Online version of the 2012-13 Department of Health and Ageing Annual Report
We recognise and tackle the cause and impacts of health inequities through innovative, evidence based collaborative practices
Since 2011, Australian Government departments have been held accountable for their progress on social inclusion through reporting on strategic change indicators of social inclusion relevant to their portfolio in their annual reports. Strategic change indicators are short-term progress measures of potential progress in relevant areas of government policy and service delivery.
The Department reports against seven strategic change indicators on health risk factors for social inclusion and the outputs of government health and ageing programs designed to improve inclusion outcomes.
The indicators are reported by socio-economic status using Socio-Economic Indexes for Areas (SEIFA) and remoteness, subject to data availability. Not all data for the social change indicators can be expressed in the same categories.
Mortality rate is a summary measure of the overall health status of a population. Improvements rely not just on access to health services but on a range of factors including living conditions, and economic and social circumstances. This indicator will measure progress towards the Council of Australian Governments (COAG) target to close the life expectancy gap between Indigenous and non-Indigenous Australians within a generation.
Notes: Rates are directly age-standardised using the 2001 Australian Estimated Resident population.
SEIFA and remoteness data not available.
Child mortality rate
The child (0-4 years) mortality rate is an important indicator of the health of pregnant women, newborns and children. Halving the gap in mortality rates for Indigenous children under five within a decade (that is, by 2018) is one of the COAG targets to reduce disadvantage among Indigenous Australians. Indigenous child mortality rates are currently within the range required to meet the target.
Note: SEIFA and remoteness data not available.
Obesity is a major risk factor for multiple chronic diseases which in turn are major causes of disability. There is a clear socio-economic gradient in obesity and its causes are exacerbated by social disadvantage and remoteness.
|All Australians||Total Rate||27.5%|
|Indigenous Australians||Total Rate||Data not yet available101|
|Index of Disadvantage||Quintile 1
|32.8%|| Quintile 5
|Remoteness of Residence||Major Cities||25.5%||Remote||33.9%|
Note: Data for adults (18 years and over) and is not age standardised.
Smoking is a major risk factor for multiple chronic diseases and is thus a major cause of disability and death. There is a clear socio-economic gradient in smoking prevalence and, its causes are exacerbated by social disadvantage and remoteness.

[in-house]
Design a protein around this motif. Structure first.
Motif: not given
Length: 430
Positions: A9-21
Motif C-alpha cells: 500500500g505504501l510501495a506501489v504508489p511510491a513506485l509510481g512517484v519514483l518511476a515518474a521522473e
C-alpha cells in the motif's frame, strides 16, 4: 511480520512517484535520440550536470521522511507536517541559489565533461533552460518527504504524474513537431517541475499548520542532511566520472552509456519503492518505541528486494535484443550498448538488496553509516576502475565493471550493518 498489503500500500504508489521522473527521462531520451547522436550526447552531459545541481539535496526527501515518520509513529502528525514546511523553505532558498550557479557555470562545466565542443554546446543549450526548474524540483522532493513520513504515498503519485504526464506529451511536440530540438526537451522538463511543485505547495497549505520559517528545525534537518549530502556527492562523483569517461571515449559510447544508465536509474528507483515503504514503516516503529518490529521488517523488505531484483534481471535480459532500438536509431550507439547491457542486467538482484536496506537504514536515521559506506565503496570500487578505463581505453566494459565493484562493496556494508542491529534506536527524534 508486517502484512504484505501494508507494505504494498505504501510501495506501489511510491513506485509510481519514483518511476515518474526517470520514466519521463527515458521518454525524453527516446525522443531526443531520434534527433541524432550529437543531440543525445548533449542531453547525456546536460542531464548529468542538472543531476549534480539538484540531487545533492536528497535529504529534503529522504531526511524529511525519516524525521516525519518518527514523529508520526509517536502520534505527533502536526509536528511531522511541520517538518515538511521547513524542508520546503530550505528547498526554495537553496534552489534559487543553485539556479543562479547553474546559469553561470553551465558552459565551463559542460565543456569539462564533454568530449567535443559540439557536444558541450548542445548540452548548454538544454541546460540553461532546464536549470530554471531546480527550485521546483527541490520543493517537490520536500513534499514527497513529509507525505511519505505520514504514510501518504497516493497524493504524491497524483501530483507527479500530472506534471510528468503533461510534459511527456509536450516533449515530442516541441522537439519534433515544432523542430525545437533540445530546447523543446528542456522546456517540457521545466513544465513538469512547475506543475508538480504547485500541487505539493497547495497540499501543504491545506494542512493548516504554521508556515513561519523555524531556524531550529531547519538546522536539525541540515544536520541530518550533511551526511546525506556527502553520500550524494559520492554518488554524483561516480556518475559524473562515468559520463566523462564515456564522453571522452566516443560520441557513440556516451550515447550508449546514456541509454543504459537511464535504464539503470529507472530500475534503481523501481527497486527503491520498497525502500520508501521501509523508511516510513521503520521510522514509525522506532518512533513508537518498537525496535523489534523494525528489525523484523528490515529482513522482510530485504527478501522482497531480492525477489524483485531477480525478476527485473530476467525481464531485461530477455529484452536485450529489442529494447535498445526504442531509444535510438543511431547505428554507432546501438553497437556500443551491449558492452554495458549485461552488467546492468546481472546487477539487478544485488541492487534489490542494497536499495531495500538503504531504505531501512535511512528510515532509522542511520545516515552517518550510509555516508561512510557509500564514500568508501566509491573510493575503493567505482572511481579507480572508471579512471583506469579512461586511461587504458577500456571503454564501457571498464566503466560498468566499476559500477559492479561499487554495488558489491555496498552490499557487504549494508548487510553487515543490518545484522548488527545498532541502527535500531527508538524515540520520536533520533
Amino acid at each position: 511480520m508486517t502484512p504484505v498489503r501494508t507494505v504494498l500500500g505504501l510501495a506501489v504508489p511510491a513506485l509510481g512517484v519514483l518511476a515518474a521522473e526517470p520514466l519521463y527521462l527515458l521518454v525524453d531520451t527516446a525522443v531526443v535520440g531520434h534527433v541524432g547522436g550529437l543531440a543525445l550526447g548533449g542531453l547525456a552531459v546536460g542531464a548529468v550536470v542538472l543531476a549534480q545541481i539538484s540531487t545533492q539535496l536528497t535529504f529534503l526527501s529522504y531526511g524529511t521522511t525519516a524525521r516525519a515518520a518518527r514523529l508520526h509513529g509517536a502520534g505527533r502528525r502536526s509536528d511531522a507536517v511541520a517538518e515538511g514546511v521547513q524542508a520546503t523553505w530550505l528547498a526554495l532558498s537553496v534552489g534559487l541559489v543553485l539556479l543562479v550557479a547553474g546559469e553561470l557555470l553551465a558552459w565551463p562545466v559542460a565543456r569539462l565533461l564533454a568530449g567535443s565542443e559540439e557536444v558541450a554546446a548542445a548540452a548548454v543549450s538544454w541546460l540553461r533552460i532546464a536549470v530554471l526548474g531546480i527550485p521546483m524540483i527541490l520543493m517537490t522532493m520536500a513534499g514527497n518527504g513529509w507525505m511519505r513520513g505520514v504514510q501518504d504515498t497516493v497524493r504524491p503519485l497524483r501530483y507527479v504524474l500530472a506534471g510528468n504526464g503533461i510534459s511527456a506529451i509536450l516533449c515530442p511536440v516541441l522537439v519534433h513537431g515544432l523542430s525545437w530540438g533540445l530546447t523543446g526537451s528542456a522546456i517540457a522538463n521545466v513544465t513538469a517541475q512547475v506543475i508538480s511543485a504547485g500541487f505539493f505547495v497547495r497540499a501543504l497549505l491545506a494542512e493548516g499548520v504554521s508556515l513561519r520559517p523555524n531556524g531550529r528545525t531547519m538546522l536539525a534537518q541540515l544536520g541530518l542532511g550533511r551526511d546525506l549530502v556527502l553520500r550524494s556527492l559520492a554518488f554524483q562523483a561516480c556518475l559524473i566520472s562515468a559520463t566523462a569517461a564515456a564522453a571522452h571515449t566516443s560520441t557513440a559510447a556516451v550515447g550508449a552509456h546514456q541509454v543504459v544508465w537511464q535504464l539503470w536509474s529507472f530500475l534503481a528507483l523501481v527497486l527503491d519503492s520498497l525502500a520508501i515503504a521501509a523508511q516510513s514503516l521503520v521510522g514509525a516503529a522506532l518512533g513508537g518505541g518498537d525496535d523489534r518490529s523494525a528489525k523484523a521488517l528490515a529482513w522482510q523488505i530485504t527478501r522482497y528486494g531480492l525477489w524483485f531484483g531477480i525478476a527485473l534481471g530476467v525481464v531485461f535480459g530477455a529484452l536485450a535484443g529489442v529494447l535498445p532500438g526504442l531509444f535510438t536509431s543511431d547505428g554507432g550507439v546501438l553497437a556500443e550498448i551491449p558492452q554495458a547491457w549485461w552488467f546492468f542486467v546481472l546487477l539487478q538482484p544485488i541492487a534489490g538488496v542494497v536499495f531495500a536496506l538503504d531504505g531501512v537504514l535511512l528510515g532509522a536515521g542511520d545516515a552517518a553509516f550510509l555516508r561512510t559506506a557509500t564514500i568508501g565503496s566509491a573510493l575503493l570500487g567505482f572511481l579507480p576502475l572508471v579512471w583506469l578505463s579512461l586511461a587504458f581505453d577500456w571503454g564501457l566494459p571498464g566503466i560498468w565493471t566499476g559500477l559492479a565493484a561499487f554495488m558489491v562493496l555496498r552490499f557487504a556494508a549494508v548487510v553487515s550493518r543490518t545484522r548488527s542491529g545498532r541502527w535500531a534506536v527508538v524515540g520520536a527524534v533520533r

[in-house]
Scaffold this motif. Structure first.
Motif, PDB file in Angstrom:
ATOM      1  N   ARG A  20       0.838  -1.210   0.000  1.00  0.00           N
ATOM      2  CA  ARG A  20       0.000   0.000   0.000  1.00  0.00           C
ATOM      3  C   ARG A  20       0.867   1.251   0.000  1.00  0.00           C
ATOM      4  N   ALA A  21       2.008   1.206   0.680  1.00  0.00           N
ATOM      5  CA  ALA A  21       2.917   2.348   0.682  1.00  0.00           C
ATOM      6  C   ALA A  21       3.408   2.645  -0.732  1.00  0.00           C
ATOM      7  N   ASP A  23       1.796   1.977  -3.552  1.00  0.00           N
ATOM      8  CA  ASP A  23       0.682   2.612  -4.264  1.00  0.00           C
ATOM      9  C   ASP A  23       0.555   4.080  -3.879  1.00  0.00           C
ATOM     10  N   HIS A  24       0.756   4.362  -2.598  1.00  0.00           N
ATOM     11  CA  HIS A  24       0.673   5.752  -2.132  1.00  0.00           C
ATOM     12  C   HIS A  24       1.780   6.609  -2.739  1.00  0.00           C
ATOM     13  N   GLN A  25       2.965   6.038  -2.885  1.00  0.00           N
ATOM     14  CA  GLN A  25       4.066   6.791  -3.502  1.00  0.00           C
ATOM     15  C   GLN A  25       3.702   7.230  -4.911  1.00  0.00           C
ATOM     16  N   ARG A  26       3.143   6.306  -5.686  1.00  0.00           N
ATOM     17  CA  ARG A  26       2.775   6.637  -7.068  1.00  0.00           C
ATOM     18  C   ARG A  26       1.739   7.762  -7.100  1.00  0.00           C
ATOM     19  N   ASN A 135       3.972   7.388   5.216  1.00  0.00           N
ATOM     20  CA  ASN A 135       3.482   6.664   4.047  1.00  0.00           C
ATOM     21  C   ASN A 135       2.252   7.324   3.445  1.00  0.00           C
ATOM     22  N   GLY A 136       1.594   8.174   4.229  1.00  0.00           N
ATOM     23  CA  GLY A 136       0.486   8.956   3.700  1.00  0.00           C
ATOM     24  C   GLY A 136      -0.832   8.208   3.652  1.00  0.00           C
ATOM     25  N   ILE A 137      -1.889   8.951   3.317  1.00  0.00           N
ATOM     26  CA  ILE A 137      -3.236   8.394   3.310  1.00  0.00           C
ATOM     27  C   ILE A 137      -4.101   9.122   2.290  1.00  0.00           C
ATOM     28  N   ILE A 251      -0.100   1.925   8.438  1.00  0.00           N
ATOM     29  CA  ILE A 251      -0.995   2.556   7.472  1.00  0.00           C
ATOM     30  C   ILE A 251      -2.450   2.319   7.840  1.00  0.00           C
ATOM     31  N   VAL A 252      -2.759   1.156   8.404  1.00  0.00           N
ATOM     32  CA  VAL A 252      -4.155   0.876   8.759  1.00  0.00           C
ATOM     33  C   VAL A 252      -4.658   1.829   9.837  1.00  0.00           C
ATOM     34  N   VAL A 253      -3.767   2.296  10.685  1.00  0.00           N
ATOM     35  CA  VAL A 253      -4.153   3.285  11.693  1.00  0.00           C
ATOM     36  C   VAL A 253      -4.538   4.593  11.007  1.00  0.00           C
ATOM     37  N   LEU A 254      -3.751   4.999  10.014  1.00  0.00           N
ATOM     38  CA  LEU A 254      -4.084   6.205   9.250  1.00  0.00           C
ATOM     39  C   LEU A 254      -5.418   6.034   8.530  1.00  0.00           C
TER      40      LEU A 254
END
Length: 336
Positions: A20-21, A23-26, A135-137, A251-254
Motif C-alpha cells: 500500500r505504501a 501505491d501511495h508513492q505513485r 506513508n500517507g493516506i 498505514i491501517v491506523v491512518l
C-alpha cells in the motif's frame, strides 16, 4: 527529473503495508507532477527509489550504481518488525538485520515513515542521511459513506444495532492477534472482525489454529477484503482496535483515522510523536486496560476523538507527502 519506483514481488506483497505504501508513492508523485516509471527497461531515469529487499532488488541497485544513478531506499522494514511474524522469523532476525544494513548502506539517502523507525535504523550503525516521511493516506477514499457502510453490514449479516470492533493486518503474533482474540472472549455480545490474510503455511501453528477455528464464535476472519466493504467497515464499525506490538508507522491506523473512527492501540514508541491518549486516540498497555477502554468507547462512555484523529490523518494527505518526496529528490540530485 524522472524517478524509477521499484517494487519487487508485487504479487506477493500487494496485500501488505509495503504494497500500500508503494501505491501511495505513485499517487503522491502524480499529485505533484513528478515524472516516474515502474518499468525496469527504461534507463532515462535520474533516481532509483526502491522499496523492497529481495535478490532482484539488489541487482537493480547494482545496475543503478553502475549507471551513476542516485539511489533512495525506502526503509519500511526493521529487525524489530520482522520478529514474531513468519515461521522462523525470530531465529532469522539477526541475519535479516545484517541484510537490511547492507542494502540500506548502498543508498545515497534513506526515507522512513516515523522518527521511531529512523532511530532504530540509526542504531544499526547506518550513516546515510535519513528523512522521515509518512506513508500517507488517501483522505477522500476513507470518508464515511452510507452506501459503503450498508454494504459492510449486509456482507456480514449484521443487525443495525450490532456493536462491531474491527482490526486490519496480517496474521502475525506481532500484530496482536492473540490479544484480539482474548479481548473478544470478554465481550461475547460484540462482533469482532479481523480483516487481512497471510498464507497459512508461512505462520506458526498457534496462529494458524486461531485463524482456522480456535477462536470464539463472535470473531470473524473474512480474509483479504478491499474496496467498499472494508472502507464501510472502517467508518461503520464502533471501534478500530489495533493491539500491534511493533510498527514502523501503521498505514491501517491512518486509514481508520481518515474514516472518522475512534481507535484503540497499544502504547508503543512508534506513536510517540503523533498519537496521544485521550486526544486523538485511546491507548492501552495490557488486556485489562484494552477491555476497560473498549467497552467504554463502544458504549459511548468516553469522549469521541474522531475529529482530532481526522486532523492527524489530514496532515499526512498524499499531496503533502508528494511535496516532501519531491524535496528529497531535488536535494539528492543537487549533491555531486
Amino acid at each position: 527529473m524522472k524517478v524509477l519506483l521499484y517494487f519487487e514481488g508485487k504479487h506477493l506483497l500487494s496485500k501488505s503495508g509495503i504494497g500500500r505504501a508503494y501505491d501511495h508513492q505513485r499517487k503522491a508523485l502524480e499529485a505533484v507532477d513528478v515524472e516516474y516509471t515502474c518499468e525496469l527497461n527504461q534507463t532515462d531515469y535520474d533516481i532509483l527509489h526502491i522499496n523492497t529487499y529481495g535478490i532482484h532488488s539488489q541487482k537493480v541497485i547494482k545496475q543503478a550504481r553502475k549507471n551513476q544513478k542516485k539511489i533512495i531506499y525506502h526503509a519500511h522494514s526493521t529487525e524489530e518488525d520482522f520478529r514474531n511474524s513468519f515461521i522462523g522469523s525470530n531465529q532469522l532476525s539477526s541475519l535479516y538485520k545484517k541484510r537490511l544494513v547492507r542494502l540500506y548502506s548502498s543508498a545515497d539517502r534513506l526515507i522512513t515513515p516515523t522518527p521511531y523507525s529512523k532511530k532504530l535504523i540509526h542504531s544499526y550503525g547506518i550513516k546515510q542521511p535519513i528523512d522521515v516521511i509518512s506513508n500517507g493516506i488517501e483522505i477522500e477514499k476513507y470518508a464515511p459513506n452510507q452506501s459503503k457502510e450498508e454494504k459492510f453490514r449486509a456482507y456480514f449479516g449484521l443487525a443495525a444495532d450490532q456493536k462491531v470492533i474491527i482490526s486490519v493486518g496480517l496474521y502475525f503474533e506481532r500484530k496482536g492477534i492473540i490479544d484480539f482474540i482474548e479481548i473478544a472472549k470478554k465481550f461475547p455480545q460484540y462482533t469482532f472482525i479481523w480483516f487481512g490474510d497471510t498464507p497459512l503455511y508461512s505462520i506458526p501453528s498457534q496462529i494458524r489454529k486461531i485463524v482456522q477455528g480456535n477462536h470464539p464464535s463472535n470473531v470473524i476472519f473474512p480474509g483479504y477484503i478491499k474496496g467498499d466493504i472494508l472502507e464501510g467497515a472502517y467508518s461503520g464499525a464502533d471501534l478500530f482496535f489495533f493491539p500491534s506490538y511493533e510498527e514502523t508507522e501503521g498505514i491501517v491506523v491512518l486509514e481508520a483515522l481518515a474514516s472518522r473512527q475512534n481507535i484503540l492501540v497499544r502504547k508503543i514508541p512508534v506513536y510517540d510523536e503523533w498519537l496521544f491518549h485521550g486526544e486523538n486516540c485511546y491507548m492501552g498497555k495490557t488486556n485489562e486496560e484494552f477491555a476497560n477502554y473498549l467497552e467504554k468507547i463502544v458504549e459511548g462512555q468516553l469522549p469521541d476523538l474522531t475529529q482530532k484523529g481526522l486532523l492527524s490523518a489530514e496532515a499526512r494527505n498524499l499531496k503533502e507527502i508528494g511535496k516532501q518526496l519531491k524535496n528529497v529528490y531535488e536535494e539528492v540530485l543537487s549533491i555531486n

|All Australians||Total Rate||16.1%|
|Indigenous Australians||Total Rate||Data not yet available103|
|Index of Disadvantage|| Quintile 1
|Remoteness of Residence||Major Cities||14.7%||Outer Regional and Remote||22.4%|
Notes: Data for all Australians, index of disadvantage and remoteness of residence categories is for adults (18 years and over) and is not age standardised. The age standardised rate for all Australian adults (18 years and over) is 16.3%.
Very remote category has not been reported separately.
People deferring recommended treatment
Deferring recommended treatment increases the chances that a medical condition will deteriorate. Social disadvantage contributes to treatment deferral, particularly in relation to purchasing medications.
|Financial Barriers to use of service|
|General Practitioners||8.7%||Lowest Decile||7.5%||Highest Decile||5.6%|
|Specialists||9.4%||Lowest Decile||8.9%||Highest Decile||7.1%|
|Medications||9.6%||Lowest Decile||11.0%||Highest Decile||7.0%|
Notes: Data are not available for Indigenous Australians.
Very remote data were not collected in the 2010-11 Patient Experience Survey.
Data are for persons aged 15 years and over, and age standardised to the 2001 Estimated Resident Population.
Potentially preventable hospitalisations
Preventable hospitalisations can indicate that illness and treatment are poorly controlled and therefore more likely to impact on a person’s ability to participate in work and social life. Social disadvantage and remoteness are strongly associated with avoidable hospitalisations.
|Index of Disadvantage||Quintile 1||3,432.2||Quintile 5||2,111.3|
|(Most Disadvantaged)||(Least Disadvantaged)|
|Remoteness of Residence||Major Cities||2,600.2||Very Remote||6,430.2|
Treatment rates for mental illness
Increasing numbers of people have received treatment for mental illness. This may indicate improved access to services and better-targeted services, or higher rates of mental illness. However, the 2011-12 Budget initiatives, which span five years, aim to build the capacity of the mental health care system so that Australians with, or at risk of mental illness receive treatment. Improving mental health contributes towards engaging socially and participating in work.
|Proportion of people receiving clinical mental health services 2010-11|
|Aged standardised rate||Public||1.6%||Private||0.1%|
|Type of Service|
|Other Allied Health||2.2%|